Note that it was in 2010 that a work by an Indian artist fetched its highest price namely Syed Haider Raza's Saurashtra, that fetched $3.49 million. It was also the time that a series of pen-and-ink drawings by Rabindranath Tagore sold for an astonishing sum (when compared to the quality of the works all being rough sketches done on sand-paper), being bought by non-resident Asians. This is what we mean by the lower end being sentimental. They found solace in the kind of art that they identify with best or can relate to emotionally. In Tagore's case there was at least one Bengali residing in Britain who bought the works.
It is exactly this phenomenon that Forrest refers to when he writes further in the same blog entry referred to earlier:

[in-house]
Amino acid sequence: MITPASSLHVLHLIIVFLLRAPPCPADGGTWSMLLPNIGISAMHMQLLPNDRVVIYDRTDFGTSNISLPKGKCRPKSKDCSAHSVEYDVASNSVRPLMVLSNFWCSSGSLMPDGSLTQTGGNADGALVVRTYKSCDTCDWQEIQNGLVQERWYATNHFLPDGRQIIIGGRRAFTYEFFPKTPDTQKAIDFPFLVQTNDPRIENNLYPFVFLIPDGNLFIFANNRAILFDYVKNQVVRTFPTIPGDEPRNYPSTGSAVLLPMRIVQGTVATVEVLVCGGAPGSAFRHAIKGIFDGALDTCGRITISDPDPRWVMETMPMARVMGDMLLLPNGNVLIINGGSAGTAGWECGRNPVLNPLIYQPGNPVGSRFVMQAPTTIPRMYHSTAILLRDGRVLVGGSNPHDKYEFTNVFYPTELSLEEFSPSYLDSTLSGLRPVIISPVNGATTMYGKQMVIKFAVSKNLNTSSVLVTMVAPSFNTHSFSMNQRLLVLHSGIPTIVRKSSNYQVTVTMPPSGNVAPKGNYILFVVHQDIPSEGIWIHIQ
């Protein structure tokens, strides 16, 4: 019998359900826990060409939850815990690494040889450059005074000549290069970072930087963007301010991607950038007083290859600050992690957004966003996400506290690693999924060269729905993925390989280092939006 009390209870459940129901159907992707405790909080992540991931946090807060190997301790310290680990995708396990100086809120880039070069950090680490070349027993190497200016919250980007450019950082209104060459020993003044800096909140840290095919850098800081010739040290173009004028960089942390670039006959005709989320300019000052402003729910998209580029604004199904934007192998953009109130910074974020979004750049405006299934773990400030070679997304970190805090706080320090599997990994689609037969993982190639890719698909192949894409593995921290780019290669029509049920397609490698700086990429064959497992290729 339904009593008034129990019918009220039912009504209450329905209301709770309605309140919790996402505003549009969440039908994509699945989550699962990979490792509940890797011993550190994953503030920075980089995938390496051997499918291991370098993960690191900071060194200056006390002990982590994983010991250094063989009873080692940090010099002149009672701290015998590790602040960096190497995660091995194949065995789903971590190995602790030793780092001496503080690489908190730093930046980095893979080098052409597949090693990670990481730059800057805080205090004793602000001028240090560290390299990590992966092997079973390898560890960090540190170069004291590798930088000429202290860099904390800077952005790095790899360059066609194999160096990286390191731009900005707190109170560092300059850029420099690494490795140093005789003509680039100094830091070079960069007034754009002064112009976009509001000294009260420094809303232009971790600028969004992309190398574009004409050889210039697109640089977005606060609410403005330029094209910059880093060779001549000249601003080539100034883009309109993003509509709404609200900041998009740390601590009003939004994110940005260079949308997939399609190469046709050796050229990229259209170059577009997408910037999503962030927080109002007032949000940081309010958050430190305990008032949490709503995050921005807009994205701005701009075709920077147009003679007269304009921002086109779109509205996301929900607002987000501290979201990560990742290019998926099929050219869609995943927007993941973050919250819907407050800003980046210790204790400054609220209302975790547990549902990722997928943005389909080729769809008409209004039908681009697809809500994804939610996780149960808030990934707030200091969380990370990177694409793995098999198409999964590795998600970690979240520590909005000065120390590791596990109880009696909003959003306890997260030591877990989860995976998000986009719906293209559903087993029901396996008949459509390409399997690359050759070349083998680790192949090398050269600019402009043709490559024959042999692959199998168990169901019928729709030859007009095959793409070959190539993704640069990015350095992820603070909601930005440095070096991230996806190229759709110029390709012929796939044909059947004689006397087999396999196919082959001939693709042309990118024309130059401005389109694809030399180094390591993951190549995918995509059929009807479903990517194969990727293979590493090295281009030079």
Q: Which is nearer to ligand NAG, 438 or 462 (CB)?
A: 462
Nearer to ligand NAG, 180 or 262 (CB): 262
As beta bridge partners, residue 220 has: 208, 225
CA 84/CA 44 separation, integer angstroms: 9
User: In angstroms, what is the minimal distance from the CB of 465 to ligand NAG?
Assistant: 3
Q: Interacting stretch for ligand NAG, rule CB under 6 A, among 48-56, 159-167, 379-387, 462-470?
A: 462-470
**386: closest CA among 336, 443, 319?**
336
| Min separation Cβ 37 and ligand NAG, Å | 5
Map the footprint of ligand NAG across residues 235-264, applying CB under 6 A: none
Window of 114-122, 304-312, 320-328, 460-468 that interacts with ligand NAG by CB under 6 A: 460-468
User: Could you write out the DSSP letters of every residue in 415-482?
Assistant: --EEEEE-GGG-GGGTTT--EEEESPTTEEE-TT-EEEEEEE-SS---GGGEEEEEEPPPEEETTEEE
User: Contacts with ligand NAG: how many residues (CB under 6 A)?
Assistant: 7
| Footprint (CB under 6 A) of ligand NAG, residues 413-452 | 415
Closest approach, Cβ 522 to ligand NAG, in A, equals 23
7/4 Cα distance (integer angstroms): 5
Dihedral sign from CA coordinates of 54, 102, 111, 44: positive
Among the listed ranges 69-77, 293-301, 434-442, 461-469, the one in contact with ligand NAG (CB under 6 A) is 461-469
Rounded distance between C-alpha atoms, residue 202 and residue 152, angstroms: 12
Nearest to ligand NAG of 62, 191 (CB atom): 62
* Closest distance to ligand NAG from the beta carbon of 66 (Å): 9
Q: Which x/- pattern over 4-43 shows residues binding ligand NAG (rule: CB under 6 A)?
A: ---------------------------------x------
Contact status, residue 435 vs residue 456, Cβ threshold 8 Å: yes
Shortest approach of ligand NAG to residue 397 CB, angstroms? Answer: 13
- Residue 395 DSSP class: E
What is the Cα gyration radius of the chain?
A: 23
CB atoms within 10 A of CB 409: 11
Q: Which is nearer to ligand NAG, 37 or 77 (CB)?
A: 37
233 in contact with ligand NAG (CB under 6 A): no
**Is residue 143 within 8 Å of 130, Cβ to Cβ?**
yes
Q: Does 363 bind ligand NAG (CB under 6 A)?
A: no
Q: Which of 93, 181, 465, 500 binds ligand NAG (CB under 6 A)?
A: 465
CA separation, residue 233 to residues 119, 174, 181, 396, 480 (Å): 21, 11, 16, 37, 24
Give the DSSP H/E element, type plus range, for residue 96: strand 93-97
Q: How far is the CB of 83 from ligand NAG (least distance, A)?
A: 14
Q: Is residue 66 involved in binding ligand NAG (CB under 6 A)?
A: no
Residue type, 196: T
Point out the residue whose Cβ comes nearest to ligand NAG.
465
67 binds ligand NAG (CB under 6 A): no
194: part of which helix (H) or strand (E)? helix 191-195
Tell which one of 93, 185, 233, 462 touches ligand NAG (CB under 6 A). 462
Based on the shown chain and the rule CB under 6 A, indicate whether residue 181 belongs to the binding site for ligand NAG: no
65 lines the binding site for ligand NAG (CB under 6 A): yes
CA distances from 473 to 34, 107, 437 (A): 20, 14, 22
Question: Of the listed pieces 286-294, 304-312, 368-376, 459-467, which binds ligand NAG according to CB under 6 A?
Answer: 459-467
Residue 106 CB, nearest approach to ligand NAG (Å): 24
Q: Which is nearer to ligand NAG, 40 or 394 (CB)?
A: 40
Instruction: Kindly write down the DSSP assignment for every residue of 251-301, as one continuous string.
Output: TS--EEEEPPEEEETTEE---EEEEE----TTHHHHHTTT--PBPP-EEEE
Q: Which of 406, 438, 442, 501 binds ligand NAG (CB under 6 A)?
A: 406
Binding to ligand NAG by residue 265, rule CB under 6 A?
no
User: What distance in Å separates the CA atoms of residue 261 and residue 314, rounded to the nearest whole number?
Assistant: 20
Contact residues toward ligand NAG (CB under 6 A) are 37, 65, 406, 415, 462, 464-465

“When it comes to rationalising art market events there is much to be gained from knowing who has money to spend and how much they have to spend. The top end of the market is fuelled by super wealthy collectors whose level of wealth would not have been affected enough by the financial crisis to deter them from buying art. Therefore at the high end of the art market things have been pretty solid as is evident from the number of record auction prices set in 2010. The lower end of the market is fuelled by collectors who focus on edgy and trendy contemporary art by emerging and newly established artists, and who will usually have a high level of interest in the cultural and artistic side of fine art. Collectors at the lower end of the market are a very determined group who are always going to be around even if they appear a little less active at times. Things at the lower end have improved but have done so at a less than rapid pace which makes it difficult to judge where this sector of the market is heading. Without a doubt the sector of the art market that has suffered for the longest period of time due to the effects of the global financial crisis and the art market down-turn is the middle market. The middle market includes lesser works by big name artists, and the more expensive (less justifiable) works by the trendy contemporary artists, which makes the middle market a sort of currently unnecessary compromise for the super rich, and a stretch too far for the modestly well off. Middle market works are, however, perfect for the financial advisor and hedge fund manager types who are more interested in art as a status symbol than the quality or art historical importance of the works they are buying. With the pay packets of hedge fund managers and financial advisors taking a massive hit due to the financial crisis, there is little interest in the middle market works. The super rich are still rich enough to not have to compromise and settle for middle market works and the modestly well off continue to fuel the lower end of the market.”